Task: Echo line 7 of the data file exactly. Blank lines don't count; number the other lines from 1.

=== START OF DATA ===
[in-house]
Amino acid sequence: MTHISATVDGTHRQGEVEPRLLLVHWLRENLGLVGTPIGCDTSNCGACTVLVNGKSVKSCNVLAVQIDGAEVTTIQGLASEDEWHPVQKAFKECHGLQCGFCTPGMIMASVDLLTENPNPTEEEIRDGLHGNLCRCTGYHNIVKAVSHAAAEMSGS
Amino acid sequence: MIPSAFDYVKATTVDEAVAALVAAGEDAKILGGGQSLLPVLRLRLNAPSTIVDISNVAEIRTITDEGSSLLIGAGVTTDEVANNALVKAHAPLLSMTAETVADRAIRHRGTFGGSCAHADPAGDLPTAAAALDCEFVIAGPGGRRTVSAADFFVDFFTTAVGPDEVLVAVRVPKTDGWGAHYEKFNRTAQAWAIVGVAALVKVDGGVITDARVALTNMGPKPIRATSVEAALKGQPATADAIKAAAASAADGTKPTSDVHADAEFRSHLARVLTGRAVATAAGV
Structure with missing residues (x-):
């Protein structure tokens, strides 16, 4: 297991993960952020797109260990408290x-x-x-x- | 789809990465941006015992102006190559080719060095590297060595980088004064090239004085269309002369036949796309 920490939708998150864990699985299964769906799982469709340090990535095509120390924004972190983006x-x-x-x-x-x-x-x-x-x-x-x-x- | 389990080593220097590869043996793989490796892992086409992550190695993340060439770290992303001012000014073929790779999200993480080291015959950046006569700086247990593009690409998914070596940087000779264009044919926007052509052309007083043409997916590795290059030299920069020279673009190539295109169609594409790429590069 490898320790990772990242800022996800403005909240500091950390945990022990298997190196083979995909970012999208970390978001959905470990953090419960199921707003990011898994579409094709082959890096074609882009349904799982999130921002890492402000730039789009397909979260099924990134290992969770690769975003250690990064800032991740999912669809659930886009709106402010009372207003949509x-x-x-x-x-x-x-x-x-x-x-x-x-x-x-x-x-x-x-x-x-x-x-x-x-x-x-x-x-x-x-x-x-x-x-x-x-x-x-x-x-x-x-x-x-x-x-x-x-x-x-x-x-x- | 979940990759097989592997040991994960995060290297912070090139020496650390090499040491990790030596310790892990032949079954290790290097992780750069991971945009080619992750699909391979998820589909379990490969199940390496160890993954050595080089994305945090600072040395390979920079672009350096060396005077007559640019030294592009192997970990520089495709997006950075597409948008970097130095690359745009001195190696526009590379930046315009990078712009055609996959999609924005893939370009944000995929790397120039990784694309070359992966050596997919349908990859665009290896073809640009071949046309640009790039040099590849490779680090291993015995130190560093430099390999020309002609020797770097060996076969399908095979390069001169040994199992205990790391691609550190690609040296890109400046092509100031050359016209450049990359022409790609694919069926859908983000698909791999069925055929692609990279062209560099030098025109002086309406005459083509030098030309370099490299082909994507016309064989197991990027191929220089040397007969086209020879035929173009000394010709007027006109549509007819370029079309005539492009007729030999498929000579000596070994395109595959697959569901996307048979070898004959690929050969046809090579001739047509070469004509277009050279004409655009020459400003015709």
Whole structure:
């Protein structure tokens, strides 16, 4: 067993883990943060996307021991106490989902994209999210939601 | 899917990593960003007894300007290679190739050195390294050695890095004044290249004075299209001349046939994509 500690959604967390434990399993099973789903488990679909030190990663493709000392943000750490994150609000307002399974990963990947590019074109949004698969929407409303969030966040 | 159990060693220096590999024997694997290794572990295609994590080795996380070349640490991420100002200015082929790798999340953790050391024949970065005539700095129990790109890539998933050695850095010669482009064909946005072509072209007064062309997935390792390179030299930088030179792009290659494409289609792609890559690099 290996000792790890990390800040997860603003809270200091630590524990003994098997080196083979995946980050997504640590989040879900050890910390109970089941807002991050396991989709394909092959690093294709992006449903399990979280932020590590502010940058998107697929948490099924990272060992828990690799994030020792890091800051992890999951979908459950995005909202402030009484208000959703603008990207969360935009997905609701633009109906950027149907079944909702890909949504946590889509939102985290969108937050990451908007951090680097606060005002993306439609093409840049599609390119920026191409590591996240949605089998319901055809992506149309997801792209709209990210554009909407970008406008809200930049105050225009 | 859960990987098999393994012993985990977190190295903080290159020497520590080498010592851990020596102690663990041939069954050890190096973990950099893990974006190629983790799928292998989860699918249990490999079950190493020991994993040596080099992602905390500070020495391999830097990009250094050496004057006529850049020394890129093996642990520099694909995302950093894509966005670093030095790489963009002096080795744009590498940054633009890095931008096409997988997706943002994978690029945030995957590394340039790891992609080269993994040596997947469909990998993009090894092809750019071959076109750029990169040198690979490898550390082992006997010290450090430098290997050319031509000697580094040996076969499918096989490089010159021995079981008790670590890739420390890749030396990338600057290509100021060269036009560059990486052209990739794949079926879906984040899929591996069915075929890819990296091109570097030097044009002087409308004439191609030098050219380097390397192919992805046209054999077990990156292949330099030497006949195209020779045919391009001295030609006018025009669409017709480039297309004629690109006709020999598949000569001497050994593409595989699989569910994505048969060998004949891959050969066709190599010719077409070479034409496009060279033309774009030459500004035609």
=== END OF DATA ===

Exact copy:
């Protein structure tokens, strides 16, 4: 067993883990943060996307021991106490989902994209999210939601 | 899917990593960003007894300007290679190739050195390294050695890095004044290249004075299209001349046939994509 500690959604967390434990399993099973789903488990679909030190990663493709000392943000750490994150609000307002399974990963990947590019074109949004698969929407409303969030966040 | 159990060693220096590999024997694997290794572990295609994590080795996380070349640490991420100002200015082929790798999340953790050391024949970065005539700095129990790109890539998933050695850095010669482009064909946005072509072209007064062309997935390792390179030299930088030179792009290659494409289609792609890559690099 290996000792790890990390800040997860603003809270200091630590524990003994098997080196083979995946980050997504640590989040879900050890910390109970089941807002991050396991989709394909092959690093294709992006449903399990979280932020590590502010940058998107697929948490099924990272060992828990690799994030020792890091800051992890999951979908459950995005909202402030009484208000959703603008990207969360935009997905609701633009109906950027149907079944909702890909949504946590889509939102985290969108937050990451908007951090680097606060005002993306439609093409840049599609390119920026191409590591996240949605089998319901055809992506149309997801792209709209990210554009909407970008406008809200930049105050225009 | 859960990987098999393994012993985990977190190295903080290159020497520590080498010592851990020596102690663990041939069954050890190096973990950099893990974006190629983790799928292998989860699918249990490999079950190493020991994993040596080099992602905390500070020495391999830097990009250094050496004057006529850049020394890129093996642990520099694909995302950093894509966005670093030095790489963009002096080795744009590498940054633009890095931008096409997988997706943002994978690029945030995957590394340039790891992609080269993994040596997947469909990998993009090894092809750019071959076109750029990169040198690979490898550390082992006997010290450090430098290997050319031509000697580094040996076969499918096989490089010159021995079981008790670590890739420390890749030396990338600057290509100021060269036009560059990486052209990739794949079926879906984040899929591996069915075929890819990296091109570097030097044009002087409308004439191609030098050219380097390397192919992805046209054999077990990156292949330099030497006949195209020779045919391009001295030609006018025009669409017709480039297309004629690109006709020999598949000569001497050994593409595989699989569910994505048969060998004949891959050969066709190599010719077409070479034409496009060279033309774009030459500004035609």